Photo courtesy of www.thegolfchannel.com
For the majority of the country who knows what it’s like to take a mandatory climatological break from the game, the Masters represents the annual rebirth of golf.
On the coast, where clubs never stopped swinging and multiple professional tournaments have passed through, the Masters doesn’t have quite the same significance, but it’s no less meaningful. This is the tournament that makes you fall in love with the game all over again, no matter what you shot in your last round.
For us golfers, this is the best week in sports, when the true competitive juices of the game at the professional level flow again. The scenery, the history, the pageantry (the Par 3 contest, honorary starters, etc.) – we watch for all of it.
And, as usual, there’s no lack of storylines at the Masters in 2015 and “major” history is in play, although likely not of the Tiger Woods variety. Making a run right now for Tiger is considered making the cut. And another blow-up round like what we saw in Phoenix might have people talking retirement.
But Tiger does make the cut for our top storylines going into Augusta.
1. Rory’s Run at History – Golf history is teed high for Rory McIroy, but will be able to take advantage in a year where his game has yet to quite come together?
Besides giving him a third straight major win, a victory would earn McIlroy the rare and coveted career Grand Slam by age 25. He’s the favorite though he’s never won here. He’s most remembered at Augusta for squandering a four-shot lead on Sunday in 2011.
But McIlroy has come a long way since then and masters major moments now far more than shrinks from them. His game at its best is the best in the game, but will he be at his best at Augusta?
History is waiting to find out.
2. Bubba Has Mastered Augusta National – Having won two of the last three Masters, Bubba Watson’s game clearly sets up well for the course. It seems he should be in contention every year here as long as his putter shows up, and after the way he dominated last year, would it really surprise anybody if he eventually won four or five green jackets? Since the course changes, the layout is increasingly friendly to lefties, which brings us to …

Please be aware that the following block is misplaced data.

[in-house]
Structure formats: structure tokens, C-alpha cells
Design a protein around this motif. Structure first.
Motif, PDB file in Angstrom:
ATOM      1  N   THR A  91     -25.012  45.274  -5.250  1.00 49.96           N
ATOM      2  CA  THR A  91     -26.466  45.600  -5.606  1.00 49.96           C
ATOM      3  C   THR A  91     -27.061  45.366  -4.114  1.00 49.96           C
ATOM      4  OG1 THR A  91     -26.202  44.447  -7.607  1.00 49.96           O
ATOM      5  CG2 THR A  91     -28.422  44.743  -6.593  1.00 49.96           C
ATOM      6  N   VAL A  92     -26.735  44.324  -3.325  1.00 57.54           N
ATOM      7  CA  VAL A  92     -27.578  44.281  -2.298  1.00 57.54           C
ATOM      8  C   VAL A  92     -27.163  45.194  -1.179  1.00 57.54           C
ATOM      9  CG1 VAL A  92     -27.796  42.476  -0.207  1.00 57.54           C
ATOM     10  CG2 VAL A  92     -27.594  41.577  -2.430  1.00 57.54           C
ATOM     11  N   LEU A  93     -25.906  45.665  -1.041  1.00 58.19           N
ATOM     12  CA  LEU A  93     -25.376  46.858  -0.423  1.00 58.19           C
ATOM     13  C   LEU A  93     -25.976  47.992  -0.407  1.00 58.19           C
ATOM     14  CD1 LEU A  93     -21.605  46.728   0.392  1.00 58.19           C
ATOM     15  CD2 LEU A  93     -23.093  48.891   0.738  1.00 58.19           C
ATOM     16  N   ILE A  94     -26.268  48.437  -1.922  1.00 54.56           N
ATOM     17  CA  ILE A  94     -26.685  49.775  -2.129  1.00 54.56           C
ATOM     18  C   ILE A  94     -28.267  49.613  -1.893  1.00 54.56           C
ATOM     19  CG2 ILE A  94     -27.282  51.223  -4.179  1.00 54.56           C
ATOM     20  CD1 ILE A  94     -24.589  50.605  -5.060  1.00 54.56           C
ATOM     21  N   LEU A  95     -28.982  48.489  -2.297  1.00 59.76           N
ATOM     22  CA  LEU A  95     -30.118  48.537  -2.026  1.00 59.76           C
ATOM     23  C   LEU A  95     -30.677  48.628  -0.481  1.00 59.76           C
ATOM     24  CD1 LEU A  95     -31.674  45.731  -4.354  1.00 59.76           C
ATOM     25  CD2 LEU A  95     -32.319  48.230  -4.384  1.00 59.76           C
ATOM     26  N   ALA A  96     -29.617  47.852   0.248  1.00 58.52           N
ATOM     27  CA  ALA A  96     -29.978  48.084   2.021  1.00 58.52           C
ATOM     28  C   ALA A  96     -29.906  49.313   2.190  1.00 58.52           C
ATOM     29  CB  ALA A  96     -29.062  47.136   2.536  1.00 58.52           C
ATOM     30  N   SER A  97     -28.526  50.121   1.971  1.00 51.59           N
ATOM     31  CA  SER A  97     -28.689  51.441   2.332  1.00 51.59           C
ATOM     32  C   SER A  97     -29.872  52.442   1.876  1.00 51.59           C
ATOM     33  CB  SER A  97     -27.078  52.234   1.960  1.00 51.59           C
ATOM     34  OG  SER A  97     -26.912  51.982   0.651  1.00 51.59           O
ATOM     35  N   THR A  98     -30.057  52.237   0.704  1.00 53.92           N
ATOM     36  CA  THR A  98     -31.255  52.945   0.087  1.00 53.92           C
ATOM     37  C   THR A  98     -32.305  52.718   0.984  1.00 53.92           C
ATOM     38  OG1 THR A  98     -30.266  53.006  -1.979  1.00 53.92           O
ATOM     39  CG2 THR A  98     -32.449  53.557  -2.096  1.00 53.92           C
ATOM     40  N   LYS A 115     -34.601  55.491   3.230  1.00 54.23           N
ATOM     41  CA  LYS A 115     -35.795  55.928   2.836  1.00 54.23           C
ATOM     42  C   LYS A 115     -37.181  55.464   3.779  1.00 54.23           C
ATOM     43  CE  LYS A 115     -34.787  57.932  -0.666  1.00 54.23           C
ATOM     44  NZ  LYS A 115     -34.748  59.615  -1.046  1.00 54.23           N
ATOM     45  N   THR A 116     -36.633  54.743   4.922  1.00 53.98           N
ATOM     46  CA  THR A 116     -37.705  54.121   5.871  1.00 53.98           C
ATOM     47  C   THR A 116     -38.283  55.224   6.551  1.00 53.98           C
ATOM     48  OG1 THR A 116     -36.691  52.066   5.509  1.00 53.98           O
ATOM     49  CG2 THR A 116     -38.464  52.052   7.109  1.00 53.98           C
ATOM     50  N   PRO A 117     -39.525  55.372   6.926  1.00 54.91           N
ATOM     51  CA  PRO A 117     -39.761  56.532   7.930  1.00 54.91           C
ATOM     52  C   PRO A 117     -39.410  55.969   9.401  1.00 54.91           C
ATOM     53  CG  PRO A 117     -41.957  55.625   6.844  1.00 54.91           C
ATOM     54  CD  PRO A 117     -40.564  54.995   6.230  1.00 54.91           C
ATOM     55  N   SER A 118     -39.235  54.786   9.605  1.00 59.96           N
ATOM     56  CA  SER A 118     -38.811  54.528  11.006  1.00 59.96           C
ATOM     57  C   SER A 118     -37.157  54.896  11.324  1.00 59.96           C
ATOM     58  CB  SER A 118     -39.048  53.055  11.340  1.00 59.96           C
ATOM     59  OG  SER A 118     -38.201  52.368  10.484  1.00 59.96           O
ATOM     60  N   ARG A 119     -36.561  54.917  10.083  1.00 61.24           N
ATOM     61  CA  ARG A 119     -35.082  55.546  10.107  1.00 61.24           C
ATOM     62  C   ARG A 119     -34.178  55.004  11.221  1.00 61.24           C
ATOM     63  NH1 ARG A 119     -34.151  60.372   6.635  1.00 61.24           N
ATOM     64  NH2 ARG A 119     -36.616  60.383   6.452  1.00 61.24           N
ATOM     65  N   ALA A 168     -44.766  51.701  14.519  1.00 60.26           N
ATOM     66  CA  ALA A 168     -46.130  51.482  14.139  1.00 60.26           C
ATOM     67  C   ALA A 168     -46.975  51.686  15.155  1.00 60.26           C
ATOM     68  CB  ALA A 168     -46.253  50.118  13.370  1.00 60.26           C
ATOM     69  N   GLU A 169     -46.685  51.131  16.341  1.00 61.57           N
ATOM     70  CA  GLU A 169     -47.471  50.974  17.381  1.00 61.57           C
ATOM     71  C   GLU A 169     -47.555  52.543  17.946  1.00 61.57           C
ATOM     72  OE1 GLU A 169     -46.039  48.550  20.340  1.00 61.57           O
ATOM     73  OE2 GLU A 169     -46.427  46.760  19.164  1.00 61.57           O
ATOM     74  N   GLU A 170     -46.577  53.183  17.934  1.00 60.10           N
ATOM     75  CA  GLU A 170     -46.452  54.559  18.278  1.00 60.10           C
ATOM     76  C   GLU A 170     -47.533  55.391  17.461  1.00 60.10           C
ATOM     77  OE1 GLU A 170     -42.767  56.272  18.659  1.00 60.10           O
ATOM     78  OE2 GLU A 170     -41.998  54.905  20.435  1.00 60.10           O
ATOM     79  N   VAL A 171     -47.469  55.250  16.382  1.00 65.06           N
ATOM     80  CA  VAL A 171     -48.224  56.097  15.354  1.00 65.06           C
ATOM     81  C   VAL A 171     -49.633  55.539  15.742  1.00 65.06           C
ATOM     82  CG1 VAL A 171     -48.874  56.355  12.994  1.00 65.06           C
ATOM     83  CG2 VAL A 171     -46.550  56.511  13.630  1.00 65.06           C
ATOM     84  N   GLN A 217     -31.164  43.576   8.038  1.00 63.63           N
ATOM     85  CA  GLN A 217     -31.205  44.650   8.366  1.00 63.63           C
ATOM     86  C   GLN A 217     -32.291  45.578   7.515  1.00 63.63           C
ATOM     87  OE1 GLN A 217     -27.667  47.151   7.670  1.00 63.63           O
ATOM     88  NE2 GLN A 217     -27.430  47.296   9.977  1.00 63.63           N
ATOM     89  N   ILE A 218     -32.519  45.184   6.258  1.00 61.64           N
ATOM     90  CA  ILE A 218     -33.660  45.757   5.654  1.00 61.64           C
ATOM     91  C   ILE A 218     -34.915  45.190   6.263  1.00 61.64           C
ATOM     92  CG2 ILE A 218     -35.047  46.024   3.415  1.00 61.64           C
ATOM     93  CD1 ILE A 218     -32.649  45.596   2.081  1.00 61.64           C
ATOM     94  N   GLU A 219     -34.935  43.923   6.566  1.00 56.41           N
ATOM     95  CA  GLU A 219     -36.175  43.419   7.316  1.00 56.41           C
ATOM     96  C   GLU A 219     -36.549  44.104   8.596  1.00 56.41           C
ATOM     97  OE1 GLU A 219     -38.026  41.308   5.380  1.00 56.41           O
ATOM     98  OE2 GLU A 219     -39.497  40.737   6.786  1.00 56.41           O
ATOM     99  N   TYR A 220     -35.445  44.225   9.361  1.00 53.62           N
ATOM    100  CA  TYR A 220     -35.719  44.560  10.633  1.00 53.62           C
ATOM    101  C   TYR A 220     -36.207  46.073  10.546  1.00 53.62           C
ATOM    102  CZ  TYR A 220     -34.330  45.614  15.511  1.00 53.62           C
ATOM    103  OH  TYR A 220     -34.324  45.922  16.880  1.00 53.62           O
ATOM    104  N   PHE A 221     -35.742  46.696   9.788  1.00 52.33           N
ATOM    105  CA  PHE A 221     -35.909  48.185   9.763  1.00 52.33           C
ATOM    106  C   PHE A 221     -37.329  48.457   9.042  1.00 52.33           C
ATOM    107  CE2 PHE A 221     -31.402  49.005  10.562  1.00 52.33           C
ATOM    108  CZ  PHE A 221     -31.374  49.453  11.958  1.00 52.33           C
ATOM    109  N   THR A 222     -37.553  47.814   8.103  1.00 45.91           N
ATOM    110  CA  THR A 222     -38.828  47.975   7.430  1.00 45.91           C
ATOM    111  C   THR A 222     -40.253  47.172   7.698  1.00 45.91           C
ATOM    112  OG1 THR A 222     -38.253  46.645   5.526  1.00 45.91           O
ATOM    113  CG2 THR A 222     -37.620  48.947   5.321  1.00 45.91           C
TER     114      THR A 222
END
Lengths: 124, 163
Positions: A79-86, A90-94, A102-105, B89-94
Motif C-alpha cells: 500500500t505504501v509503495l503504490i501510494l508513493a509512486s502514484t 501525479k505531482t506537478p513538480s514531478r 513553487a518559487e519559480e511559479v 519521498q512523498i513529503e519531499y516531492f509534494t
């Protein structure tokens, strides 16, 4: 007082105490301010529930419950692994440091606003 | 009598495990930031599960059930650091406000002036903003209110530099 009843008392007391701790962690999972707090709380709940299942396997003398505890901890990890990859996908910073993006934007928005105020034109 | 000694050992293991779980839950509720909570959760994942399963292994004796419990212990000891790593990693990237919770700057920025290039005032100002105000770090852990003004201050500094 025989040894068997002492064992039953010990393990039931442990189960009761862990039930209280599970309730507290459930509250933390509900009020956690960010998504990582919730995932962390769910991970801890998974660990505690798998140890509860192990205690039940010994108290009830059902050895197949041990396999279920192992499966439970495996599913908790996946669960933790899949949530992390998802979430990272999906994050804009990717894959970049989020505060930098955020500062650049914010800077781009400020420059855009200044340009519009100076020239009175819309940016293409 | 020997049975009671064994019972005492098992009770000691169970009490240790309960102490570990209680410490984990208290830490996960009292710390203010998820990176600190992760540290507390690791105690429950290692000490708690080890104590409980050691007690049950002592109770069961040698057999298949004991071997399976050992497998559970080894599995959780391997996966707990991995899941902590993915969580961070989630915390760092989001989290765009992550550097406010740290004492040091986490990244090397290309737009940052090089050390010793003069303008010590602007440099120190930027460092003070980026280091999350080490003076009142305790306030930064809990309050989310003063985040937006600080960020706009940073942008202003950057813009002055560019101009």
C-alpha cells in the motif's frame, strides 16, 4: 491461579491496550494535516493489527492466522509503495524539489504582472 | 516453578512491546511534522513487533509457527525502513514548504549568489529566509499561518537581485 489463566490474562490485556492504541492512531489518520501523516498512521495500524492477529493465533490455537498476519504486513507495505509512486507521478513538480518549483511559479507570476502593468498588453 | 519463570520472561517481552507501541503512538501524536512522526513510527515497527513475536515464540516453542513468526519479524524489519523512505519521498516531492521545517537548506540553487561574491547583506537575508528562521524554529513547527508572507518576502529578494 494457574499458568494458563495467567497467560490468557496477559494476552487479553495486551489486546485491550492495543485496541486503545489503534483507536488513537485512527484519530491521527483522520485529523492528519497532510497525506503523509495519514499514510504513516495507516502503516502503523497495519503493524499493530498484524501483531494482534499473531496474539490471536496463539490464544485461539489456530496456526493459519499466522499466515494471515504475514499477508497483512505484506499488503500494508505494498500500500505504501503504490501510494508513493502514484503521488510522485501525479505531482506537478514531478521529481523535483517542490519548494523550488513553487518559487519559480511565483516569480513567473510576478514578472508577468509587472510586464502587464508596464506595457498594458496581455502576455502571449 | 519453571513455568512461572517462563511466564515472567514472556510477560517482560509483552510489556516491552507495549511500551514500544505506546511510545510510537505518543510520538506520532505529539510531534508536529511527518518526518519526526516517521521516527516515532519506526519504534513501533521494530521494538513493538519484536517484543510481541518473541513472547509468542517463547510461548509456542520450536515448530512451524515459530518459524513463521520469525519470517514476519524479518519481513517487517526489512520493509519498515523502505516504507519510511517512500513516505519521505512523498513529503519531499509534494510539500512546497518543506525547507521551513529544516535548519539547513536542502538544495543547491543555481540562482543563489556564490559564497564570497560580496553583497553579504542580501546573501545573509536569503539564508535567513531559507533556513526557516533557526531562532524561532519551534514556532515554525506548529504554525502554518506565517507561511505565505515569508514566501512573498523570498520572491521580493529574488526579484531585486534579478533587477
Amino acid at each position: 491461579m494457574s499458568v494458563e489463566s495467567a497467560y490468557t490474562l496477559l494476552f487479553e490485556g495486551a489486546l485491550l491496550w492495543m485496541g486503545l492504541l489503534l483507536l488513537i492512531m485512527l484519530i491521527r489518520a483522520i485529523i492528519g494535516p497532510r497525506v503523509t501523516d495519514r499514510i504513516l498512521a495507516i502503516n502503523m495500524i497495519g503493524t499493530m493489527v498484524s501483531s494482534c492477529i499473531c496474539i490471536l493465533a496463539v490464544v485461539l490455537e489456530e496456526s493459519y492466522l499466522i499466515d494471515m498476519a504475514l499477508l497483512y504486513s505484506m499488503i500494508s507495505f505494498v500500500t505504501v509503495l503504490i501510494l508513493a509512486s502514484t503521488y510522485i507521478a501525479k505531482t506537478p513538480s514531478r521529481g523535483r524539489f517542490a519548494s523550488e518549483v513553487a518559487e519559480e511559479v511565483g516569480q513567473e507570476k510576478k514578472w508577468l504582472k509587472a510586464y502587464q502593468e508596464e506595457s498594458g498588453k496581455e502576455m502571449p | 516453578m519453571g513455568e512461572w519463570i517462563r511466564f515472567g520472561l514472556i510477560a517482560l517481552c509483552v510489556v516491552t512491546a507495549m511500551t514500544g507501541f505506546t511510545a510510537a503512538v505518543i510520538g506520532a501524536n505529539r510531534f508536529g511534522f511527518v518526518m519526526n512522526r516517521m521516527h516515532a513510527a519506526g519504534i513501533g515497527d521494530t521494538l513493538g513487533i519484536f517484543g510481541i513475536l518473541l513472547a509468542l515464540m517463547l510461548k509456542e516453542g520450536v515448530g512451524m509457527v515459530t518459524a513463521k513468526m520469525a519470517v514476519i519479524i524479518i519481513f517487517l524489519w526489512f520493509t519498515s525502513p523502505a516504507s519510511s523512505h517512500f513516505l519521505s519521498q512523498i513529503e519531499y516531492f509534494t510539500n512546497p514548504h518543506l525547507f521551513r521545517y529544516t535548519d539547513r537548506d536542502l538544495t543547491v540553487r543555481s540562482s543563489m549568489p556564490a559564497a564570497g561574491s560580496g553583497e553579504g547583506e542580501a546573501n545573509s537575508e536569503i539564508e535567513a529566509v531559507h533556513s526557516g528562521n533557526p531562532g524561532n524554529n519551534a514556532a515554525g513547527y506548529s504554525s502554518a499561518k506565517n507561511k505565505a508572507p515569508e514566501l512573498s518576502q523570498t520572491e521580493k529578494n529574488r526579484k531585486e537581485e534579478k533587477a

3. Paging Mr. Mickelson – After his quietest year ever on Tour, some are pulling for Phil Mickelson’s game to come out of hibernation at Augusta, where the premium will always be on the short game, his forte. Mickelson’s game showed signs of life last week at the Houston Open, where he led early before settling into a 17th-place finish. Can Phil muster enough Masters’ magic for a fourth victory here? His putting, which has dogged him all year, will likely have something to say about it.
4. Has Tiger Tamed His Game? – Everyone will be watching when Tiger plays his first competitive round in nine weeks on Thursday to see he’s still fighting the short-game demons that have dragged his game to a career low. Even the most optimistic outlook has Tiger being more subplot than plot at Augusta. Him just making the cut is being touted as a major achievement. By the way, Tiger now hasn’t won here since 2005. The only history he’s guaranteed is his 20th Masters start.
5. Major Momentum – After a year when three of the four majors were runaways (only the PGA Championship was close), the Tour could use something akin to the Watson/Oosthuizen dual of three years ago to get the major season off to a competitive start and stir TV interest. TV rankings for most of the majors slumped a year ago.
Rory in contention would certainly turn on television sets as might a breakthrough win by someone such as Jordan Spieth. A Tiger scenario seems far-fetched, but Mickelson making another run isn’t out of the question. The tournament hasn’t truly had an outlier champion since Charl Schwartzl in 2011. In a Tour era where seemingly everyone can win, little truly surprises you anymore.
Chris Mayson prediction:
1. Jason Day: I picked him for the Farmers (he won) and I’m sticking with him. Day has always liked Augusta and played well there. He has prodigious length and hits the ball extremely high, which is very beneficial on the hard and fast greens. With the fairways playing soft after this week’s rain, his high ball flight and long carry should suit him even better. He already won at Torrey Pines this year, another very long and difficult course, and he has to be one of the favorites for this year.
2. Jordan Spieth: There is a saying on tour that if you want to find the winner of this week’s event, look no further than the top five of the previous week. Spieth finished second in Houston and also second last year at The Masters and has been playing very well all year. With a point to prove from last year, he won’t be far off the lead come the back nine on Sunday.
3. Dustin Johnson